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May 11, 2008 05:17 PM

Brasserie Ruhlman and no substitution policies

I dined at Brasserie Ruhlman this past Saturday night. I thought the space and food presentation were great, but the quality did not quite match up (particularly to the prices). What slightly irked me was their blanket no substitution policy. For example, I ordered mussels and fries. Even thought the fries are a completely separate side dish (but part of the entree), I could not substitute for a different potato. One of my companions ordered another entree that came with a side of asparagus, but could not substitute for a different side of greens.

For the most part these sides had nothing to do with the integrity of the dish, so I don't think this is the chef standing on principle. And even a place like Trotter's will usually accommodate diners if they have a particular aversion or preference. Rather, at least here, it simply seems to be a way to hike up bills at an already (arguably) over-priced restaurant.

I wonder if anyone else has a take on this, and whether I am right to be irked by this policy, and whether there are other places in town that adhere to such a strict no substitution policy.

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  1. I would think it's within their rights to do whatever they want, it is their restaurant. On the other hand, kind of dumb, since it's pretty alienating to customers, yes?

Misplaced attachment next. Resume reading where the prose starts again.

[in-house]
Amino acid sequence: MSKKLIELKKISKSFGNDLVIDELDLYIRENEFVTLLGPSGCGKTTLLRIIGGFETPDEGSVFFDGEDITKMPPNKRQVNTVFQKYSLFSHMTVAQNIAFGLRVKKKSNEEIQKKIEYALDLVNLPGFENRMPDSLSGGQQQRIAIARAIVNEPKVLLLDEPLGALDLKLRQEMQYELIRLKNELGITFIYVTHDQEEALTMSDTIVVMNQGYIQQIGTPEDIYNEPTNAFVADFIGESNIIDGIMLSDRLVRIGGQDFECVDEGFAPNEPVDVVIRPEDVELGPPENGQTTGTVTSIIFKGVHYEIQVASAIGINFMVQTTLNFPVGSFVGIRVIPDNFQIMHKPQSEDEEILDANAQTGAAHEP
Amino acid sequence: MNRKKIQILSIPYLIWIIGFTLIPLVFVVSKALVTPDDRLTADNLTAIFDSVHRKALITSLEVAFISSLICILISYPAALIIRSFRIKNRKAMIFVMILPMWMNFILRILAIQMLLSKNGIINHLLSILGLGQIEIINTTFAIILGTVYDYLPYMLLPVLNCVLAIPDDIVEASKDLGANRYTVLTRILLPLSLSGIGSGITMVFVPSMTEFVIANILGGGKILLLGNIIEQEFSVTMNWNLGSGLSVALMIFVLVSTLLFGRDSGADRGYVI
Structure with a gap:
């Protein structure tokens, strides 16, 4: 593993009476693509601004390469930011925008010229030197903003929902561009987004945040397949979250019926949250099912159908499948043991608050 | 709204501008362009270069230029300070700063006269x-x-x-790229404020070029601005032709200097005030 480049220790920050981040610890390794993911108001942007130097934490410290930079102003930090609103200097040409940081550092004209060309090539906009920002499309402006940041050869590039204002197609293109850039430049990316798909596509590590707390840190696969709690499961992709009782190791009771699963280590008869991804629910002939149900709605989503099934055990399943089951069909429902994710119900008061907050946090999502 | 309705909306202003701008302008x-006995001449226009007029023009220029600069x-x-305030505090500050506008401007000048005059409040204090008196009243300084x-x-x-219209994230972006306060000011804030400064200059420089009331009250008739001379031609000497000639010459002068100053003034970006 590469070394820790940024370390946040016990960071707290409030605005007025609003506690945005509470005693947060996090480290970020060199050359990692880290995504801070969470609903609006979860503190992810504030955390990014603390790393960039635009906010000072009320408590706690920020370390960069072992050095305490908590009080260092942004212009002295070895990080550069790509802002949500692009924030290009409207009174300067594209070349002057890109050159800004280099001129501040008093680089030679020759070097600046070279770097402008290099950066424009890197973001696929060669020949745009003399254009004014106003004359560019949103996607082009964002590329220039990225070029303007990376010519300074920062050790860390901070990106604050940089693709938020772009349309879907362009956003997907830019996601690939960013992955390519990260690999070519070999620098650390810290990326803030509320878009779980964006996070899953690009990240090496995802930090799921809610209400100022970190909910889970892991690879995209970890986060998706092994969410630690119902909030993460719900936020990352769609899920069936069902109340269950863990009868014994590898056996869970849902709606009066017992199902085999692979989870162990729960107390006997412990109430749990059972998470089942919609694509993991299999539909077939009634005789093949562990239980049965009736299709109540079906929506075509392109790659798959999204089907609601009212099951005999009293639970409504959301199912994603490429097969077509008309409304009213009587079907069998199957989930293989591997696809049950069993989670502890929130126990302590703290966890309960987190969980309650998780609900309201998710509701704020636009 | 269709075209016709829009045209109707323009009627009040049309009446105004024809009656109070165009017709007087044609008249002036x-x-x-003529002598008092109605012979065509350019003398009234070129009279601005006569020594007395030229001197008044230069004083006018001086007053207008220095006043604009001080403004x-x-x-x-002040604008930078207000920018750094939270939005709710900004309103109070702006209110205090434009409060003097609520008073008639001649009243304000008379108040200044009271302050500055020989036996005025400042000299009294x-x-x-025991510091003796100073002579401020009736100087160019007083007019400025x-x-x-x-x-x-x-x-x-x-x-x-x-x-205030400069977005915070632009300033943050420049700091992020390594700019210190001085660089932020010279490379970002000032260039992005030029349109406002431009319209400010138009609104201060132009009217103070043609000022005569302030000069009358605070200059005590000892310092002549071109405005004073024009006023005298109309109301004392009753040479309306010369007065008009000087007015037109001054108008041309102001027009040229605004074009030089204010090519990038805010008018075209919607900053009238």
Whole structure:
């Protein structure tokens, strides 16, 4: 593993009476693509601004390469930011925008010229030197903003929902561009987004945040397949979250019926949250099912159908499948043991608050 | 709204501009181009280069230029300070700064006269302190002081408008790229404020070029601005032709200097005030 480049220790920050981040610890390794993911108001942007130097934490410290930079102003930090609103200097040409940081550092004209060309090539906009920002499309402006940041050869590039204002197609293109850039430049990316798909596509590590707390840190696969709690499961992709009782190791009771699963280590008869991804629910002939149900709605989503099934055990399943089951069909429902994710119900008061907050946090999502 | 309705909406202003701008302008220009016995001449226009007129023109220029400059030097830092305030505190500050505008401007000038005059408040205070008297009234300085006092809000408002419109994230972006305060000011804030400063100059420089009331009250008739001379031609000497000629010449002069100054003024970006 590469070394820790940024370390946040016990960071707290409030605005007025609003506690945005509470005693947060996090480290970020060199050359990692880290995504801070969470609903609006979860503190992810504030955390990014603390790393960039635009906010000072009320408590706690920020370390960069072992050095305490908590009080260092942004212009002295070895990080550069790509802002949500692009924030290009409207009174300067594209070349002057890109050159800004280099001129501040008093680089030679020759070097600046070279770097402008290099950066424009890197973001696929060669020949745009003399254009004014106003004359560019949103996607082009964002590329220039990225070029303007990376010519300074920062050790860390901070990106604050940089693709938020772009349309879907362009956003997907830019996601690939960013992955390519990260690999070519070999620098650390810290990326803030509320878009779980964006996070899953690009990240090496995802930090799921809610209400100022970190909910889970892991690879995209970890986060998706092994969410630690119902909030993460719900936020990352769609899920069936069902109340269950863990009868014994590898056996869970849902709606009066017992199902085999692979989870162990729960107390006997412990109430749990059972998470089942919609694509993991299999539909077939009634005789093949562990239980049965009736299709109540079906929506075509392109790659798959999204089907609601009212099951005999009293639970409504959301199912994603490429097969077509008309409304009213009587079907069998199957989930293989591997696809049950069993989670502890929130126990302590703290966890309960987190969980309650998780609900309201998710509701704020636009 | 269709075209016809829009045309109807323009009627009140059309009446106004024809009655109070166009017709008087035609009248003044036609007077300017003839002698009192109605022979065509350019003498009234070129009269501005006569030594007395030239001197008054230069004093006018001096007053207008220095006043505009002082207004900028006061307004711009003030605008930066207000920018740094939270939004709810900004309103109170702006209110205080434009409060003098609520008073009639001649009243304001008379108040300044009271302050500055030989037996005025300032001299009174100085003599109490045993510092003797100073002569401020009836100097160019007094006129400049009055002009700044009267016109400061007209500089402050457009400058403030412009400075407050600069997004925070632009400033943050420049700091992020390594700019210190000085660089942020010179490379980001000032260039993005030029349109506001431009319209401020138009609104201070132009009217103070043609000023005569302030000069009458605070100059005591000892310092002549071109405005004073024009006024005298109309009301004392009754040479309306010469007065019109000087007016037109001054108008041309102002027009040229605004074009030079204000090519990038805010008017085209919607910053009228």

1. I respect the right of the restaurant to have, and stick to, whatever policies they may have regarding things like substitutions being allowed and/or being associated with upcharges. That said, I respect the restaurant MUCH more when they defer to the wishes of their patrons and exhibit flexibility as needed, especially when (in JJ's case) doing so doesn't cause much extra effort in the kitchen or significantly alter their costs.

      JJ, I would amend your other statement to substitute "especially" for "even", as in my experience Trotter's does their best to provide their guests with whatever it is they want. In a past visit my wife didn't want any fowl or red meat but was interested in the seafood options - placing her in between the vegetable and grand degustation options. They responded with a blended menu that presented her with "left-side" (veggie) courses when the right-side course didn't fit and right-side courses when they were seafood. With an attitude along the lines of "of course, no problem".

      1. interesting issue! i see the issues on both sides, as I worked as a server for awhile, and thus am completely aware of how frustrating substitutions can be. At the same time, I eat mostly vegan foods, which means I do a lot of begging servers to leave off the chicken, or the cheese, or to sub in this for that, etc. (i've completely given up on using the drive-through at taco bell, as I usually just get confused silence when I say things like, "can i get that with no meat, no cheese, and no sour cream?")

        i hate to mess with the integrity of the dish, but at the same time, if my food is slightly less delicious, but a million times more palatable for me, i'd like a chef to be able to roll with that.

        1. My opinion: The nicer the restaurant, the more willing they should be to offer substititions without additional charge and without any resistance. I expect to pay extra (or be refused) at a cheap diner type place, not at an upscale restaurant.